Most women who are expecting a baby have a lot of questions about their pregnancy and their health care. Here are the answers to some of our most frequently asked questions.
Many family doctors can continue to care for new maternity patients and their families after the baby is born. If this is not possible, we work very hard to help each woman find a family doctor after the early newborn period if it is needed.
Obstetricians are physician specialists with extra training in surgical skills. They usually care for women with higher risk pregnancies or complications (such as twins or a premature baby). Some obstetricians also care for women with normal pregnancies. Midwives are trained to care for normal pregnancy and birth and can offer birth at home in certain circumstances. Each woman can choose the provider that suits her needs.
As soon as you know that you are pregnant, you should choose a care provider to care for you in your pregnancy and arrange to see them as early as possible in the pregnancy. If you are planning a pregnancy, it is a good idea to see a family doctor to discuss pre-conception care.
Look at our Find a Doctor page to select a family doctor. You can choose a doctor based on the hospital where they have delivery privileges, by language, or by where their office is located. You can then phone the doctor’s office to make an appointment. Please let them know that you obtained their name through this Website.
At the first appointment, you and the doctor will have a chance to review all the important information about your health and pregnancy, including any tests that you may have done. You can ask any questions that you have as well. The doctor may also want to talk to you about possible tests for the pregnancy, including blood tests and ultrasounds. In all your visits to your doctor, we encourage you to bring your support person.
The first appointment is usually the longest. You’ll spend about 30 minutes with the doctor. Follow-up appointments usually last about 10-15 minutes, during which you’ll have a chance to review the progress of your pregnancy with your doctor, ask questions and talk about things that are important to you and your partner. This could include questions about your experience of pregnancy, labour and delivery, as well as breastfeeding.
Typically, you will meet with your doctor monthly until the seventh month of pregnancy. Following this, you will have appointments every one to two weeks. If the doctor is concerned about your health or the health of your baby, you may be asked to come in for more frequent visits. If you have any concerns, you can also arrange to come in for additional visits.
Once you have chosen one of our doctors and seen him/her for your first visit, you will be receiving all of your pregnancy and birth care from this doctor. If you have other health issues during your pregnancy (for example, you have a cold, or a rash, etc.), then you can certainly connect with your family doctor.
Family doctors have a close working relationship with our obstetrician colleagues. There is an obstetrician on-call in the hospital at all times. If we feel that it would be helpful to seek an obstetrician’s advice during your pregnancy or labour/birth, this is easily arranged. If you do require the help of an obstetrician, we will stay involved in your care.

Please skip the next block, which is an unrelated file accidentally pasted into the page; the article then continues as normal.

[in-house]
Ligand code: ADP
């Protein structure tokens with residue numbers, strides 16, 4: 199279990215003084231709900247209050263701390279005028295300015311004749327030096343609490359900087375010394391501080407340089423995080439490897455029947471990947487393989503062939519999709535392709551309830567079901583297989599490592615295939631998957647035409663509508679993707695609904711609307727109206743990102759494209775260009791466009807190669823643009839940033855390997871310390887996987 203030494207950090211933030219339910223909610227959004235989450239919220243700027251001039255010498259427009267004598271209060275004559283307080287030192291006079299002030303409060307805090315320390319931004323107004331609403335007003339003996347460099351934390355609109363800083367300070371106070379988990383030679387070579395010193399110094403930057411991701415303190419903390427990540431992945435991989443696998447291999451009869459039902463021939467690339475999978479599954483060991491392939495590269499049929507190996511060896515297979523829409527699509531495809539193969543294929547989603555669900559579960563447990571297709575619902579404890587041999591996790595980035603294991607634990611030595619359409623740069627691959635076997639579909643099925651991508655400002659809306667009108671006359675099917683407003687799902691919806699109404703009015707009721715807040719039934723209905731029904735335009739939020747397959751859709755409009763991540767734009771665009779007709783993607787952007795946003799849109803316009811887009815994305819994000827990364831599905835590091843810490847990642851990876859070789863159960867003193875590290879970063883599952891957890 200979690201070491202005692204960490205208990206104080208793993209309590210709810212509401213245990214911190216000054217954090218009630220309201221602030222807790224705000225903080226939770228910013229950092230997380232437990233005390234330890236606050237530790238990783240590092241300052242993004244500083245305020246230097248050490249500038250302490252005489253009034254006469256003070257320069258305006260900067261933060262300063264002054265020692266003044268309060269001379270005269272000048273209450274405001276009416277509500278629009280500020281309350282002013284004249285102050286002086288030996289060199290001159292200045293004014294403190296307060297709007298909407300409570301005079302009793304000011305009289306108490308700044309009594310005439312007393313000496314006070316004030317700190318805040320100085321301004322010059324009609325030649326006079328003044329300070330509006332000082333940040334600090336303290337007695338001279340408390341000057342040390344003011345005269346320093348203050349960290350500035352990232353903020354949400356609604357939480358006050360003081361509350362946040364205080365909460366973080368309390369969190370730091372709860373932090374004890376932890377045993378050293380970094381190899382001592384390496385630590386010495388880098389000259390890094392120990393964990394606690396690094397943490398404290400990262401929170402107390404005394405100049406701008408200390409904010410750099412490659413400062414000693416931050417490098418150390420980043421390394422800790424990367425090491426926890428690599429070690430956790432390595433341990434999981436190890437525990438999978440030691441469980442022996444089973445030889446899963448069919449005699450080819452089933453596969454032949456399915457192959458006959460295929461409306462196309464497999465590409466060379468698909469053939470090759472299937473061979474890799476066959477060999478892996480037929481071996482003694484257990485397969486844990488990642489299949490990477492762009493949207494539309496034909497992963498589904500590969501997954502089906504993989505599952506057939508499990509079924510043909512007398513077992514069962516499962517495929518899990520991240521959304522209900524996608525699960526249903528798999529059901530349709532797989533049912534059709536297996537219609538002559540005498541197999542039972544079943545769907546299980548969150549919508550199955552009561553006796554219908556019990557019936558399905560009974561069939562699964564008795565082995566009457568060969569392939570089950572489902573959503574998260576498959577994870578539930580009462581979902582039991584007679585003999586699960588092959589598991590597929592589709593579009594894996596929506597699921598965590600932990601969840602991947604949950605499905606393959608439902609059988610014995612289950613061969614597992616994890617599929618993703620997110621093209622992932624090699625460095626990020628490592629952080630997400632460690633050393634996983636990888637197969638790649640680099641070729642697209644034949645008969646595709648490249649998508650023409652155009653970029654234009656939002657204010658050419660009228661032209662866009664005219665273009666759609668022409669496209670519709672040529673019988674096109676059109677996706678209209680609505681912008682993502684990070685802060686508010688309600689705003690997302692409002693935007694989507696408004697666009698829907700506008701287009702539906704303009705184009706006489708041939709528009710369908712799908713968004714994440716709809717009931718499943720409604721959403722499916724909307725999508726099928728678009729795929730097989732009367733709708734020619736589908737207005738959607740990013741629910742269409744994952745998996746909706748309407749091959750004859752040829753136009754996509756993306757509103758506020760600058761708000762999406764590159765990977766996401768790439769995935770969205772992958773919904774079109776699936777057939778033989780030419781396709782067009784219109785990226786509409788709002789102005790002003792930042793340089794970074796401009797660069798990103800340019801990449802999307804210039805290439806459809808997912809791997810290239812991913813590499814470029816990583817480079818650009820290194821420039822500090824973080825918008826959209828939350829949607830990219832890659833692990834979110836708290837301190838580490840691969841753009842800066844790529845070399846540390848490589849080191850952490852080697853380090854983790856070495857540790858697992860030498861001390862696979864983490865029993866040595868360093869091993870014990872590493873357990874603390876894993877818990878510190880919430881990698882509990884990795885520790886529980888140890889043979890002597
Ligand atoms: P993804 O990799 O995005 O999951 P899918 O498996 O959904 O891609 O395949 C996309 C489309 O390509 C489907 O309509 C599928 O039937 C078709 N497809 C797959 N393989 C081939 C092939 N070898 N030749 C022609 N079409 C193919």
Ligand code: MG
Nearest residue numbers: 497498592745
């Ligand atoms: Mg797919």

During your first visit, the doctor will explain how to reach him or her during “after-hours”. There is always a doctor on call to deal with important or urgent concerns.
During every visit with your doctor, there will definitely be time to address your questions and concerns. Women often write questions down and keep a list. Be sure to bring your questions to your pregnancy visits. There are also a number of very good books and websites about pregnancy. Check out our Resources page for a list of helpful websites and books. You may also choose to attend a prenatal class.
Different family doctors have different systems for how they arrange their labour and delivery schedules. Many of the doctors work in a group with other family doctors so you may meet a different doctor during your labour. Your doctor will discuss this with you at your first visit.
We want you to have a comfortable and supportive atmosphere for welcoming your new family member into the world. Doulas have expertise in labour support and are excellent resources for women and their partners. You can also bring a family member or a friend to act as your labour support person. You can discuss this with your doctor.
Absolutely! We understand how important it is to promote and maintain your relationship with your family doctor. After your baby is born, you will return to your family doctor with your baby for check-ups and ongoing care. If you do not have a family doctor, we can help you to find one.
The family doctor whom you see for your maternity care will ensure that you and your family have ongoing care with a family doctor, either with themselves or with a skillful colleague.
These learners are carefully supervised and will not be making decisions without your family doctor present and discussion with you. We encourage women to allow learners to be involved in their labour: all of us can remember being students/residents ourselves and the awesome experience of helping a new member of the family arrive. We encourage you to accept learners, but if there are any concerns, please speak with your doctor.
The Vancouver Division of Family Practice (VDoFP) brings Lower Mainland family doctors together to identify opportunities to improve the delivery of local health care. We are committed to meaningful change that benefits patients, doctors and our community at large. We will seek ways to address gaps in care and needs that are not being met by the current primary health care system.